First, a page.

Like many newly pregnant women, I was terrified of the idea of giving birth and the pain that would likely go along with it. At the same time, I knew that I didn’t want to get an epidural, as two previous spinal taps had left painful scar tissue in my back and terror about the idea of needles in my spine.
I began spending a lot of time looking up different methods of childbirth. There was hypnobirthing, lamaze, birthing from within, and even a simple class offered by the hospital that would take no more than two hours total.
Then I discovered the Bradley Method of childbirth, a 12-week course that would prepare me (and my husband) both mentally and physically for the most difficult thing I’d ever do in my life. I liked how the classes focused on preparing me and my husband. I liked how these classes would help me (hopefully) achieve a non-medicated birth. And I liked that a full 12 weeks of classes would likely prepare me more than any of the other methods, simply due to the amount of “training” I’d have.
I approached my husband hesitantly. He was equally excited about the pregnancy, but asking him to attend a 12-week course seemed a bit outrageous, not to mention expensive.
But without pause, he let me know that he was 100 percent on board with the idea.
We found out at the 20-week scan that the placenta had a velamentous cord insertion, which meant that the umbilical cord was improperly inserted into the placenta, creating a weaker connection. The placenta also had an extra lobe. This bumped my pregnancy up to a “high risk” category, and I knew that the likelihood of having a 100 percent true Bradley birth might not be possible for me, but we still believed they would be helpful in the long run.
So, halfway through my pregnancy, we began the classes.
Bradley method focuses on total preparation in all aspects of your pregnancy — from the foods you consume, to the exercises you do, to the mental preparation for the big day. The method prepares not only you and your body but also trains a partner to be your birth coach. For me, that was my husband.
Week after week, we attended classes, practiced techniques, and learned more about birth than most people ever learn, or care to learn for that matter. Bradley method left no part of birth mysterious — we learned in detail about the process of a C-section, any and all drugs that would be offered in the hospital setting, home births, water births, and more.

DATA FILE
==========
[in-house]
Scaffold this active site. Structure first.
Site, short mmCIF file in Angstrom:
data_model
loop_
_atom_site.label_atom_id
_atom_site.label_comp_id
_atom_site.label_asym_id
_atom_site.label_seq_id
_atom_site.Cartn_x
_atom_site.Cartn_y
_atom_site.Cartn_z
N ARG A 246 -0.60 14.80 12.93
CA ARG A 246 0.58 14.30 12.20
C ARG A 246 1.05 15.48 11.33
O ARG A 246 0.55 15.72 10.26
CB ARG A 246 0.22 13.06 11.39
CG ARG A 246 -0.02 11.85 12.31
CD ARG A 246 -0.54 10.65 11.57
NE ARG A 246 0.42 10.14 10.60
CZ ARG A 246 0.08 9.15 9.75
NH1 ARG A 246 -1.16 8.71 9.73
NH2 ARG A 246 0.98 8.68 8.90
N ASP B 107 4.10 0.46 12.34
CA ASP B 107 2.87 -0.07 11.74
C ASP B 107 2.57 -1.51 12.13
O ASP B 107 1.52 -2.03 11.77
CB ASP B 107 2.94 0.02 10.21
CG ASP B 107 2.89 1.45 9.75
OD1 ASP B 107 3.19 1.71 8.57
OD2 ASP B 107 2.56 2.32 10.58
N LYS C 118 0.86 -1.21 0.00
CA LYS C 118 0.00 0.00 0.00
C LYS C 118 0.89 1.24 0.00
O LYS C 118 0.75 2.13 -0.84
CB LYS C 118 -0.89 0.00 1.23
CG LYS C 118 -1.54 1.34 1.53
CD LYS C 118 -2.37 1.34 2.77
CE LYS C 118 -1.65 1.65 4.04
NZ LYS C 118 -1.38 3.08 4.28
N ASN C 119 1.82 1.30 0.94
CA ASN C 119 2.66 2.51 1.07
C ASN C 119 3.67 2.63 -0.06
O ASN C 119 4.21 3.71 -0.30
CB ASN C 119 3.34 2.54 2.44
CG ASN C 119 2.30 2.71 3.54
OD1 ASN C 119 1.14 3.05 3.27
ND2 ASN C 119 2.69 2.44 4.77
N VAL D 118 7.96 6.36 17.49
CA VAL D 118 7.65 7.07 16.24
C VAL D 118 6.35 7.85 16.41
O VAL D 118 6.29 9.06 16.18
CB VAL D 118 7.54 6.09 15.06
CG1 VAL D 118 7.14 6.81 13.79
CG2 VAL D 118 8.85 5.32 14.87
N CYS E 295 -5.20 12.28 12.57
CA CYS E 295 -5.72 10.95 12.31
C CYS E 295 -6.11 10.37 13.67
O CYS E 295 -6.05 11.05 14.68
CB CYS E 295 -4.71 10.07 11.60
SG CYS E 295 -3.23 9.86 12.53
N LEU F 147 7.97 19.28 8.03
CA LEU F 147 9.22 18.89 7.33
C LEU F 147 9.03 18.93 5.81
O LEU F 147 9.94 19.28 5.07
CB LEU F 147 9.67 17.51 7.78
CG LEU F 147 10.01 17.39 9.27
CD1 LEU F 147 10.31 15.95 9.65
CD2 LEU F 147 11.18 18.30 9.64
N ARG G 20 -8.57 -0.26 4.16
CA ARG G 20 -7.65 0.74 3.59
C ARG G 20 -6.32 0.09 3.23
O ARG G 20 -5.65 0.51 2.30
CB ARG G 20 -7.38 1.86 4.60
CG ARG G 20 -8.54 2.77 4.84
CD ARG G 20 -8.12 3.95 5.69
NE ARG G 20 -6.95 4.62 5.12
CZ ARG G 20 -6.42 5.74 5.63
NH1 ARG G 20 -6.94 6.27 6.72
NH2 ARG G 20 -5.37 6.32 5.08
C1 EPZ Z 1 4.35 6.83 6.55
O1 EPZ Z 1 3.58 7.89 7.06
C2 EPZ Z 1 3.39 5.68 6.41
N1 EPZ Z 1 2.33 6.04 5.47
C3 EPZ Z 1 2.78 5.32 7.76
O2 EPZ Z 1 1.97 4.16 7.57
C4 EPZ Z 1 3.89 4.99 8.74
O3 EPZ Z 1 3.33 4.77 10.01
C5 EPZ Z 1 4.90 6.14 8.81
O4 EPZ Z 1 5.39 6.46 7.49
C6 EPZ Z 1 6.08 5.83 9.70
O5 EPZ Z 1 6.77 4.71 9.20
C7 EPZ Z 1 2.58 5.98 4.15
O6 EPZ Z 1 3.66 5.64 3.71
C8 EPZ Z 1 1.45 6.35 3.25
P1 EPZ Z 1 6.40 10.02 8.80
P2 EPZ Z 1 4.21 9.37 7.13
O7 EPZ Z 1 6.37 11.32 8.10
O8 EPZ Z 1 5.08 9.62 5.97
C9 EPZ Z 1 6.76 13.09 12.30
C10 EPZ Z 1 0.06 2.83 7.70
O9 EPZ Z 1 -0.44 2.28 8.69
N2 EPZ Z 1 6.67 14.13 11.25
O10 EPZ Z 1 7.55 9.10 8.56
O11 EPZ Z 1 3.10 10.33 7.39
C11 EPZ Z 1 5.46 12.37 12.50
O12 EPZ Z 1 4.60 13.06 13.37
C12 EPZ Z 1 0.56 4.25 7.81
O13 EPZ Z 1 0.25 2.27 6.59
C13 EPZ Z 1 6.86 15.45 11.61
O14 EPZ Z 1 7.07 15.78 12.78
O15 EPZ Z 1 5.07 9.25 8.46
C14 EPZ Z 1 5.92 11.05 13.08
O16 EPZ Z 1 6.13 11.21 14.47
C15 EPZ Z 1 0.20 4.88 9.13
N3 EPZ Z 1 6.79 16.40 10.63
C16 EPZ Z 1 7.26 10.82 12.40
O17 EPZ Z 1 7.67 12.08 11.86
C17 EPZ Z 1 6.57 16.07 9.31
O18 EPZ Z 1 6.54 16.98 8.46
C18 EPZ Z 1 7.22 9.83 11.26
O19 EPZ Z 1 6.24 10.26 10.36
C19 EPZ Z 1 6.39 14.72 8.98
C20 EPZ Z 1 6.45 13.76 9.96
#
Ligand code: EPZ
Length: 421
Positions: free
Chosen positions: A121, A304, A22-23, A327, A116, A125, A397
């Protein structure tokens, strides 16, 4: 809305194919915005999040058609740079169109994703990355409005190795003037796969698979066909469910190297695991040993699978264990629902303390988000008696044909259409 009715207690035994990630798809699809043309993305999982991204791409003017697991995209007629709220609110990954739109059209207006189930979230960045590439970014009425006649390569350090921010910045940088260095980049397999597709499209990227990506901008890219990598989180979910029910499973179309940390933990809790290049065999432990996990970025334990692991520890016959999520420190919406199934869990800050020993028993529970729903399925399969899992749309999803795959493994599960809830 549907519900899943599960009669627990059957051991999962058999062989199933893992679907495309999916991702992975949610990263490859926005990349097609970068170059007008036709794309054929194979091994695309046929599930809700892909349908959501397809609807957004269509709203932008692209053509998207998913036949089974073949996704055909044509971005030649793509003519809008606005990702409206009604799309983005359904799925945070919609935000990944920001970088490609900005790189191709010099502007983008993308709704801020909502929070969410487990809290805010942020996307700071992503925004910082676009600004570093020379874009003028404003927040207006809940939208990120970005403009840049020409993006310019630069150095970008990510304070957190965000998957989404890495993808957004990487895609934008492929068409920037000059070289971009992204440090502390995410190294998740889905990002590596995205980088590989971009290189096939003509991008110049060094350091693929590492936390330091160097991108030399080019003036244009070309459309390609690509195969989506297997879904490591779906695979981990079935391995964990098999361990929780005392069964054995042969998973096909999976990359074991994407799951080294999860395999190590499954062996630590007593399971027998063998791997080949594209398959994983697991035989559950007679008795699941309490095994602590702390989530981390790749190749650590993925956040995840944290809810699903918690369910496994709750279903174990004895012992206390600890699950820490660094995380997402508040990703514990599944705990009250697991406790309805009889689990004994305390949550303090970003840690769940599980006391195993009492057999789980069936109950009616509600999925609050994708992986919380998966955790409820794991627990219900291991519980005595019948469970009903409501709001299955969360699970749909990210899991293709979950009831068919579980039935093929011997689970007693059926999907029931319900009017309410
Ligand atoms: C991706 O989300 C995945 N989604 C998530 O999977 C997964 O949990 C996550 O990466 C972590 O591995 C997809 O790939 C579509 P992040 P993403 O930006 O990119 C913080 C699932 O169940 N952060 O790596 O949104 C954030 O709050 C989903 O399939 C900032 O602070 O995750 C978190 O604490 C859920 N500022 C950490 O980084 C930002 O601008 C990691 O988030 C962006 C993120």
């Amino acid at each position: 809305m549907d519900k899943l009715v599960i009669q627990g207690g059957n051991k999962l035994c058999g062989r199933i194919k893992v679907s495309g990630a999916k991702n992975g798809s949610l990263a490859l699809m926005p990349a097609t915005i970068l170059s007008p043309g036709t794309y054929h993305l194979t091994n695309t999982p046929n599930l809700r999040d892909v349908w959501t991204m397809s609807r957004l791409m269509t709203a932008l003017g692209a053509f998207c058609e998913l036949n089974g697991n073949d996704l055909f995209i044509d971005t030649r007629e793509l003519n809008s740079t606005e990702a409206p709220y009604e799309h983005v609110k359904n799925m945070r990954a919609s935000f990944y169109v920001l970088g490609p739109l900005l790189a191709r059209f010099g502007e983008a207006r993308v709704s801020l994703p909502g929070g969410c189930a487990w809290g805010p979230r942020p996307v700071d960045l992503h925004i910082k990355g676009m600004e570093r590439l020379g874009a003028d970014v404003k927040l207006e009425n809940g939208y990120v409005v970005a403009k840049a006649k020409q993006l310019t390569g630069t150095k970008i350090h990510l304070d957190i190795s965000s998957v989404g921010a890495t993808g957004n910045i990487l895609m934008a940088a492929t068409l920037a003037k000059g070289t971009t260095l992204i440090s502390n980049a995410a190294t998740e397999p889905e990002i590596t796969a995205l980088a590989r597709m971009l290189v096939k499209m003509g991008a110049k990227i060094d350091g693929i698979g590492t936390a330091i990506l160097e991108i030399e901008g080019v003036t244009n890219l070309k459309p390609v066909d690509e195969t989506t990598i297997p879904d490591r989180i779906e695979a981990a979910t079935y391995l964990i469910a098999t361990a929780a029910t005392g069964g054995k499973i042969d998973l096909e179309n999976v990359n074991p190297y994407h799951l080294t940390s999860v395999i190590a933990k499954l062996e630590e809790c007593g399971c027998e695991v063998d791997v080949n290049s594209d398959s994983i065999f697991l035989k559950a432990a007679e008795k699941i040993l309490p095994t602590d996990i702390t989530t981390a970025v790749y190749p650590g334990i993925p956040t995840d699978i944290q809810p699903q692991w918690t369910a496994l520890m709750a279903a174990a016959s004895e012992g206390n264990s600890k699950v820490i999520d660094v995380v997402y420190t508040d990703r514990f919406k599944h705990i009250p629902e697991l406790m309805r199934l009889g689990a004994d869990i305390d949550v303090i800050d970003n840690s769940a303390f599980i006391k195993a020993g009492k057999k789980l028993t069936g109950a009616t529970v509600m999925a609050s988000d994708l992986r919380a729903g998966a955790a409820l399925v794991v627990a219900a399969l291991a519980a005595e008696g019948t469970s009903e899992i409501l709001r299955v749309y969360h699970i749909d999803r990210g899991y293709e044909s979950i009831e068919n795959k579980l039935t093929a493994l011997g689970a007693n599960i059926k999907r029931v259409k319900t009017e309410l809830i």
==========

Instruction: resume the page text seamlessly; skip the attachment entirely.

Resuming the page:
I ate a lot of eggs. So many eggs. (Bradley method recommends eating two a day, every day of your pregnancy. I don’t even like them to begin with, and suffered hyperemesis from weeks 4 to 40, so this was a particularly tough one for me.)
We learned about the importance of movement during birth. Rocking, swaying, walking, walking, walking.
Without a doubt, the most important technique I learned was the art of true relaxation.
As the weeks passed, my nervousness waned. I became stronger both physically and emotionally. My confidence soared, and I actually looked forward to the process of giving birth.
In those last weeks, I spent the starry nights walking my dog up and down the docks of the marina (we lived aboard a boat at the time). I collected the peace and serenity that surrounded us on those walks, breathing in, out, in, out, with each passing step.
We hired a doula for extra support. She had given birth to seven children, all at home, all of them natural births. Even the twins. We couldn’t have been more prepared.
I had been scheduled for an induction on my due date, due to the velamentous cord. I was hoping to avoid the induction because it’d mean that they’d start me on Pitocin, something I very much hoped to avoid.
Every day, I channeled all of my thoughts and energy into a simple mantra, “Drop baby, drop.” I tried to relax the baby down.
And then the day came. Two days before my due date, my water began leaking ever so slowly. Skeptical, I waited. If you’ve ever heard of a woman not knowing if her water actually broke, I’m here to tell you it’s entirely true. It happened to me, for both of my births.
The next morning, I woke up and things still hadn’t changed. I reluctantly called the hospital, then my doula, and my husband drove us to the hospital.